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Must Oblige, My Lords: Some of the advantages of archaic language

Straight from the Bar discusses honourifics and their benefits

A good lord, yesterday
A good lord, yesterday

The Rajasthan High Court recently issued a directive that lawyers should not address judges as ‘Your Lordship’ and ‘My Lord’. We went about asking senior lawyers in Bombay about the desirability for pushing for a similar rule here. A number of interesting responses, on the condition of anonymity, followed.

A Public Prosecutor in the High Court told us that such a move would severely affect his ability to argue. “I use M’Lord thrice every sentence as a filler and if I had to say ‘Sir’ instead of ‘Your Lordship’, I would have to say it 7 times a sentence which would frankly be ridiculous. Saying ‘Your Lordship’ buys me time to read the file and think. How can I be expected to read all the files beforehand?”

Another surprisingly candid response came from a senior lawyer. “It is extremely important to- um, how should I phrase this politely- to keep judges happy and feel respected. In Gujarati, they say ‘ee gayu’ (ego), Lordship gayu toh ego no su thayu?”

A representative of one of the governing bodies of lawyers gave us a response that we find hilarious. “We are the oldest and most prestigious Bar in this country. And as such it is our responsibility to uphold some of the most time-honoured (read: archaic) practices of the profession. Such as referring to law as ‘the profession’, not paying our juniors, being sesquipedalian so the public doesn’t realize how unnecessary lawyers are, wearing gowns, coats and neckties in the Bombay heat and yes, calling judges ‘Your Lordship’. What will separate us from the younger, less prestigious Bars if we adopt such practices?"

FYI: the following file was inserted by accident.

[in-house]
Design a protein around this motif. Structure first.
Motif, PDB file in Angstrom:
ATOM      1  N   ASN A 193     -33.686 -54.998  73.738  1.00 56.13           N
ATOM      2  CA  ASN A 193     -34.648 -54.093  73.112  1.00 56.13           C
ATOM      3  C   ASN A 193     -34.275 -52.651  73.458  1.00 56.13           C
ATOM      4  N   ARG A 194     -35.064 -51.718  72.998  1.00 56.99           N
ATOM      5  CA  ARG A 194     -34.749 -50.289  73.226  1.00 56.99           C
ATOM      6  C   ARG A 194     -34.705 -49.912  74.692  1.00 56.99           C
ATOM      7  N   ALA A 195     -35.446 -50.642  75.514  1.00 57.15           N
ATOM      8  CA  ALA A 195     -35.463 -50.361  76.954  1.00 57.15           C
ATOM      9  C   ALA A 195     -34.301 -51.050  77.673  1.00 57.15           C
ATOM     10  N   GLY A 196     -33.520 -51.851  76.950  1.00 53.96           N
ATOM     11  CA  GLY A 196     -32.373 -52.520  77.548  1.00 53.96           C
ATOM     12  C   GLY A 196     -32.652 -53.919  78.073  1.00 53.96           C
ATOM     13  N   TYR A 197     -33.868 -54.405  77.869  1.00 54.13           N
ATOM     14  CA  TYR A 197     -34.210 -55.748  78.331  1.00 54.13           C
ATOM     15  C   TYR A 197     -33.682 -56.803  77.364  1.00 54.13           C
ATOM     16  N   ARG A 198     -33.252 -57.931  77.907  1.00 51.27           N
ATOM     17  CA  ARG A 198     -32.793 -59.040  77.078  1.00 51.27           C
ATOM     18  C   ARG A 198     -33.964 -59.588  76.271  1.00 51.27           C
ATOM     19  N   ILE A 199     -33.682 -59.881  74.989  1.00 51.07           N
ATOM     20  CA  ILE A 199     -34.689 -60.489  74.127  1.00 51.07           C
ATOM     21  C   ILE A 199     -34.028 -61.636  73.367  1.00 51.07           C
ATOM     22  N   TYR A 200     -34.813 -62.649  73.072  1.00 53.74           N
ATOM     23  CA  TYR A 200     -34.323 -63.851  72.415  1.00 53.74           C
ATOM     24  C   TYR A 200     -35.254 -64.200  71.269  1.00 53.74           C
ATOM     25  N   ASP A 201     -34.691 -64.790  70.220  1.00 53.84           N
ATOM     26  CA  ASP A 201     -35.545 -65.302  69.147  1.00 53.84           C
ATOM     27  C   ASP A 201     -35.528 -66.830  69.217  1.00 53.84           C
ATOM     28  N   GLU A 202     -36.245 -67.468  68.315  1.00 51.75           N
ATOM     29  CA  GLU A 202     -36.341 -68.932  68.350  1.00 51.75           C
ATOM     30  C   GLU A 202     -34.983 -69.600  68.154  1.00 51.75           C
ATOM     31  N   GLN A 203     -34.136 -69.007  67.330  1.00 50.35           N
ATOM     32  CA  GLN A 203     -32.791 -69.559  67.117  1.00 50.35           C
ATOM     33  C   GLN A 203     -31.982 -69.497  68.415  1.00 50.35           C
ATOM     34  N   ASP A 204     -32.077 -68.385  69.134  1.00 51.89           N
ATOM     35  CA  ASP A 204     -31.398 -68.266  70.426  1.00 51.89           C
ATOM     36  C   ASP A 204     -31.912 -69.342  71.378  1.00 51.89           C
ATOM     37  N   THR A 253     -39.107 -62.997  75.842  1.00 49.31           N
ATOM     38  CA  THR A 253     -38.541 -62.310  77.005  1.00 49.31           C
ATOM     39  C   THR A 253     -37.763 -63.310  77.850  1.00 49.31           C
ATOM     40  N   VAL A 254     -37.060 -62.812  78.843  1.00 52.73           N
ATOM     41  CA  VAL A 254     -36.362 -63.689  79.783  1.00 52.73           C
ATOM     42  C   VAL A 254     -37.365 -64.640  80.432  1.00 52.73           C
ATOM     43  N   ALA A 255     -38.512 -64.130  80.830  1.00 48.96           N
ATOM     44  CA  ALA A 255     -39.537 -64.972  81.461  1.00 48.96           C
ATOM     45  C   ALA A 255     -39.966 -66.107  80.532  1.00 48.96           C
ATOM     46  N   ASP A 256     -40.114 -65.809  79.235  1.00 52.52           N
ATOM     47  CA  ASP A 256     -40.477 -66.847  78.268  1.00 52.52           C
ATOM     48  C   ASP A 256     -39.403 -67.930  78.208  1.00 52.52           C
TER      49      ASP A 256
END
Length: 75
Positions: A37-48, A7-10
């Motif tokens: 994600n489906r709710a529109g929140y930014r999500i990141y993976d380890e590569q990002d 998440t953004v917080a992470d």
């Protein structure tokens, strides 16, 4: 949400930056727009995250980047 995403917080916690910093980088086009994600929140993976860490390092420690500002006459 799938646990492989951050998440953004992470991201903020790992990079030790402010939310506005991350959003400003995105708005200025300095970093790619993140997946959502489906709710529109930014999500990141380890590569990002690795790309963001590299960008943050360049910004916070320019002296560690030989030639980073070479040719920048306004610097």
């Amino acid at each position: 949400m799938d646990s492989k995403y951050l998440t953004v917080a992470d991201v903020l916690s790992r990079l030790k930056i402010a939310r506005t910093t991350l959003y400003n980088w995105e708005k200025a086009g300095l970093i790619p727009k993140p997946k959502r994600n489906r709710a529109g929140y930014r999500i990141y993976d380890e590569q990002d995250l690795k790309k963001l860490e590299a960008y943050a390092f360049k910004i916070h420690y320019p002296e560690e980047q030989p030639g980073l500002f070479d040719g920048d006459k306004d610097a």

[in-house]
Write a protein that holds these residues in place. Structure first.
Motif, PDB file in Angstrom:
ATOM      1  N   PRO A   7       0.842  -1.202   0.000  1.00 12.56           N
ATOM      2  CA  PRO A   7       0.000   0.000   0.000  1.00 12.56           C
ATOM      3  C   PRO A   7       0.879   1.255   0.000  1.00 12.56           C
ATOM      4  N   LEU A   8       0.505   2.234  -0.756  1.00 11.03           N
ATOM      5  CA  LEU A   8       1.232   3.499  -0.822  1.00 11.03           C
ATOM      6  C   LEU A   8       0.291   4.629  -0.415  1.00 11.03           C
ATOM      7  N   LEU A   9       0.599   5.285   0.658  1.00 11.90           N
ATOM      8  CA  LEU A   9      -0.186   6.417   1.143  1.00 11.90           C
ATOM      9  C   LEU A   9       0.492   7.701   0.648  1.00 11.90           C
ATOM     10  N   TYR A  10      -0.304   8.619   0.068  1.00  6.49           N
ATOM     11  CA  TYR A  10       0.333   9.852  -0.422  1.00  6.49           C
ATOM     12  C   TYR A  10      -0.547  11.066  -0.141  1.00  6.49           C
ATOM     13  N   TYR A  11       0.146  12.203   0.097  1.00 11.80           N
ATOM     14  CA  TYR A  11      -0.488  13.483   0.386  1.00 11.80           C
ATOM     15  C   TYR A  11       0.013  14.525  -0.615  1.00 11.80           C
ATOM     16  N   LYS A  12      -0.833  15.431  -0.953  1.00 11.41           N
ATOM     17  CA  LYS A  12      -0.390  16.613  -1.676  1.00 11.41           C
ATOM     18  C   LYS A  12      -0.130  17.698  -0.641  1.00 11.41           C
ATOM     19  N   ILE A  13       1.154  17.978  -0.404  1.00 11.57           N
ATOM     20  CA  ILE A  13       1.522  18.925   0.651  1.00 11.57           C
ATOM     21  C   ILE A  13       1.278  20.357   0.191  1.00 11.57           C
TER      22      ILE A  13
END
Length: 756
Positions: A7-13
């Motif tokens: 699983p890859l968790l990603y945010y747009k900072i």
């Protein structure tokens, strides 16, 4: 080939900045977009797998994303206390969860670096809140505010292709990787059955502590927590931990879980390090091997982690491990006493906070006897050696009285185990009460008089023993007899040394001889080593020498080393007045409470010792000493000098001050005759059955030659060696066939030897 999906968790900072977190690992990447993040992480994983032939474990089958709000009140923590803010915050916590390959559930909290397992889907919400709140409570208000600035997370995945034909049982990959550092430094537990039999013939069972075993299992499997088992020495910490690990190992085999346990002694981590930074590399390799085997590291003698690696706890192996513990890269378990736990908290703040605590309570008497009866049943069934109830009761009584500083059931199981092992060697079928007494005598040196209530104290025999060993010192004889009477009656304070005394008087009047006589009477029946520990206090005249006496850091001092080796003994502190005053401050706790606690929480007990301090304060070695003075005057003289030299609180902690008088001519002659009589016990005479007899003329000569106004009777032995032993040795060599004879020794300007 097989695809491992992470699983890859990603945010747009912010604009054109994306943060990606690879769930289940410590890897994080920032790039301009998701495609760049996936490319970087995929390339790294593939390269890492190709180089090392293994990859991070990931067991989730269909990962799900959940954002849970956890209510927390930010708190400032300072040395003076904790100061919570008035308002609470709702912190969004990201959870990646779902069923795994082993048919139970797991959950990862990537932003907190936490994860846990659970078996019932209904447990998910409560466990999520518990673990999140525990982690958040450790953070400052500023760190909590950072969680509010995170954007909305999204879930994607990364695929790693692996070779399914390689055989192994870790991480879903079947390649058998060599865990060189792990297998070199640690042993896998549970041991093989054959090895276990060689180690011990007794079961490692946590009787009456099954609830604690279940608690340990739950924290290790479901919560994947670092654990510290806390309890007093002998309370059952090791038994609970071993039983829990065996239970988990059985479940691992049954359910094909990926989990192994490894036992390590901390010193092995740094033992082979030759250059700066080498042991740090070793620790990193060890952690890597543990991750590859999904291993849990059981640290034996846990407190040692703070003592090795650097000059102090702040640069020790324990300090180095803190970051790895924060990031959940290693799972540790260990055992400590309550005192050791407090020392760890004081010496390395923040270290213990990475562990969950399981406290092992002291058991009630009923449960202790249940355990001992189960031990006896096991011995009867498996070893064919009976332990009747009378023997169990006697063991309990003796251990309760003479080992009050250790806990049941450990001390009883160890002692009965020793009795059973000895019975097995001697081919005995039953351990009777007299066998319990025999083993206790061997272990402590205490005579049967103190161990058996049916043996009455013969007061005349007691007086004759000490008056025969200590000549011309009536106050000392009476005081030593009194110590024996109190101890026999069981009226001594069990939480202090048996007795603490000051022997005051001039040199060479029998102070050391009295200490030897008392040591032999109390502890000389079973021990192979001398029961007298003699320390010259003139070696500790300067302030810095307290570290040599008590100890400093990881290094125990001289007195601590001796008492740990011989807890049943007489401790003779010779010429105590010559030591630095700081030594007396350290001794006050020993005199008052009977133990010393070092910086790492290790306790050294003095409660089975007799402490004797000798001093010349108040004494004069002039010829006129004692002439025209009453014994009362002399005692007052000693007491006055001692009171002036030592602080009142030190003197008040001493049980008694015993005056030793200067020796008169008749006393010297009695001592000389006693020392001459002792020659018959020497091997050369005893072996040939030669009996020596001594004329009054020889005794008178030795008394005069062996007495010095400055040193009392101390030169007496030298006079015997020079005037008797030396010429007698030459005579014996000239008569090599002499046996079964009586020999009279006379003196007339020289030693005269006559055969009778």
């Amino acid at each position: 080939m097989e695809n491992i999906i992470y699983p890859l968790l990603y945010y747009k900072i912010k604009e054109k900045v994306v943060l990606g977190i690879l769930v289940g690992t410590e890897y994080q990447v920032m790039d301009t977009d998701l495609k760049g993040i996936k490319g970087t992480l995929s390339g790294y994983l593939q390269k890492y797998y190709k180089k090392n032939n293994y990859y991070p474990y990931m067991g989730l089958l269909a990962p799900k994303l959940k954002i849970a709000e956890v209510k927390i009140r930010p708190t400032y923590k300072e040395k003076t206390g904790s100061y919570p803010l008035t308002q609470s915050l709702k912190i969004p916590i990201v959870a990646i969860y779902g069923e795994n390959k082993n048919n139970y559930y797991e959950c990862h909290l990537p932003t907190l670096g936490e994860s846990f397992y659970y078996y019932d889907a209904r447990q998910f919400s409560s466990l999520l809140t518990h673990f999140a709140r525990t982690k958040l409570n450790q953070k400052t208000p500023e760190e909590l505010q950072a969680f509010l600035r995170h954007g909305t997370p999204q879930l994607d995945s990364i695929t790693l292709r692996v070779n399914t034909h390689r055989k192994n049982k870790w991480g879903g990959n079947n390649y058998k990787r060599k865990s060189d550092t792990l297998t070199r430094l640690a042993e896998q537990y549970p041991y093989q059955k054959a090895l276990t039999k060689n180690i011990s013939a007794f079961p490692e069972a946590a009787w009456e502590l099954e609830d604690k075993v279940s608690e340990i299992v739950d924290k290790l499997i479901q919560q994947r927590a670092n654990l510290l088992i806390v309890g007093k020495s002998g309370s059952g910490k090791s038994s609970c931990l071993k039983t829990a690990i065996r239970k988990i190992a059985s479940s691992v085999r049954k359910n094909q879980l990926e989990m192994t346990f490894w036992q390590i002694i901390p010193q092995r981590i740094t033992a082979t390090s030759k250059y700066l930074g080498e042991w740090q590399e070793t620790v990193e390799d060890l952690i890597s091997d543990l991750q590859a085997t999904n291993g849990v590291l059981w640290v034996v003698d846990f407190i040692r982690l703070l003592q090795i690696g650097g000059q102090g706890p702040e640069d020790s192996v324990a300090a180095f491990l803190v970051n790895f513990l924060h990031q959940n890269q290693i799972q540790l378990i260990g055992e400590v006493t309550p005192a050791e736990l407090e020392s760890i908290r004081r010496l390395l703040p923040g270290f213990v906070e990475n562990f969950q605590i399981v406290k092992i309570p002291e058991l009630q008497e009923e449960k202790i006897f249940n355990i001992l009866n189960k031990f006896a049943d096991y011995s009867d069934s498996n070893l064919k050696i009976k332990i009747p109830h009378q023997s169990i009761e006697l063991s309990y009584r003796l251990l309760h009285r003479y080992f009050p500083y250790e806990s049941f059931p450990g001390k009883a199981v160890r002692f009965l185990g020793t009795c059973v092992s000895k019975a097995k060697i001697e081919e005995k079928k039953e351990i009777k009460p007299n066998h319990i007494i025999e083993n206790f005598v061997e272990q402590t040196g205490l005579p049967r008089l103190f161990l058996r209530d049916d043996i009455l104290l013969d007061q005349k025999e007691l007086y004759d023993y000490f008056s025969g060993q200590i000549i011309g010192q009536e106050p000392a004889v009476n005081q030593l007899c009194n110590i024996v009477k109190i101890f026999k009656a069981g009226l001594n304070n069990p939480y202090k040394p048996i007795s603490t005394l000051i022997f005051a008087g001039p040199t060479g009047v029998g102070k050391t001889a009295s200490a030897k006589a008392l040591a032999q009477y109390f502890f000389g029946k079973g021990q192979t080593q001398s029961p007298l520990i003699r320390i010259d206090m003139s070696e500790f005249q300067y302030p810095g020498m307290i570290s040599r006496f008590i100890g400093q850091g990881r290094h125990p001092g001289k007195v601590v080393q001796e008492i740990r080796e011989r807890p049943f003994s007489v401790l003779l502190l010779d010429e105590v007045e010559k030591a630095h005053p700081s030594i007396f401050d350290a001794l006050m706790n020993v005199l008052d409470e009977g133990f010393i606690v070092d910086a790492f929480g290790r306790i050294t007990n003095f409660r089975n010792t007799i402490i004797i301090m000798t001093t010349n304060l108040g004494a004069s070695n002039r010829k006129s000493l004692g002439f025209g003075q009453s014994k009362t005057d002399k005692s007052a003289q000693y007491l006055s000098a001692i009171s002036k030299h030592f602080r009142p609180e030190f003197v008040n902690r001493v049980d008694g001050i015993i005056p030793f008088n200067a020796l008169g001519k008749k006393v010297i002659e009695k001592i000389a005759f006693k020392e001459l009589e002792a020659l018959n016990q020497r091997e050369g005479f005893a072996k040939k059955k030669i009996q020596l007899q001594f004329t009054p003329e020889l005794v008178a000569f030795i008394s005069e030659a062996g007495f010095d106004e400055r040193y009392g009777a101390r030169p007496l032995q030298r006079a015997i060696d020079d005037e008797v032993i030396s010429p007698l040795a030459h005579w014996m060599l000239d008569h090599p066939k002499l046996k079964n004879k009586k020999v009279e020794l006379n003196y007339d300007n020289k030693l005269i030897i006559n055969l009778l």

A sesquipedalian is someone who overuses big, complicated words. You’re welcome. See, we made you need a lawyer.

In a similar vein of upholding tradition, another advocate remarked “Tomorrow they will say we should stop bowing to their Lordships. Not only would this go against every tradition of this court, it would also deprive me of my sole source of exercise.”

We also managed to track down a judge in favour of the move. He hoped for its quick duplication in the Bombay High Court. “It’s not M’Lod, it’s My Lord. Why can’t they understand that there are two words?! Hearing them mutilate the language thrice a sentence is a constant assault on my senses. Maybe judges will start actually sitting at 11 AM if this is implemented.”

A woman judge concurred with him. “I have hated the term ‘My Lady’ ever since my 8-year-old nephew asked me ‘My Lady itni chocolaty kyun hai?’”

We won’t bore you with most of the other (largely favourable) responses centred around stock phrases like ‘colonial hangover’, ’angrez gaye inhein chhod gaye’, though deeper digging revealed that a few lawyers on the Original Side weren’t sure whether colonial referred to British rule or the Parsi Colony in Colaba.

The author of Straight from the Bar is an advocate. Alex is a pseudonym. The post is satire. Mostly.

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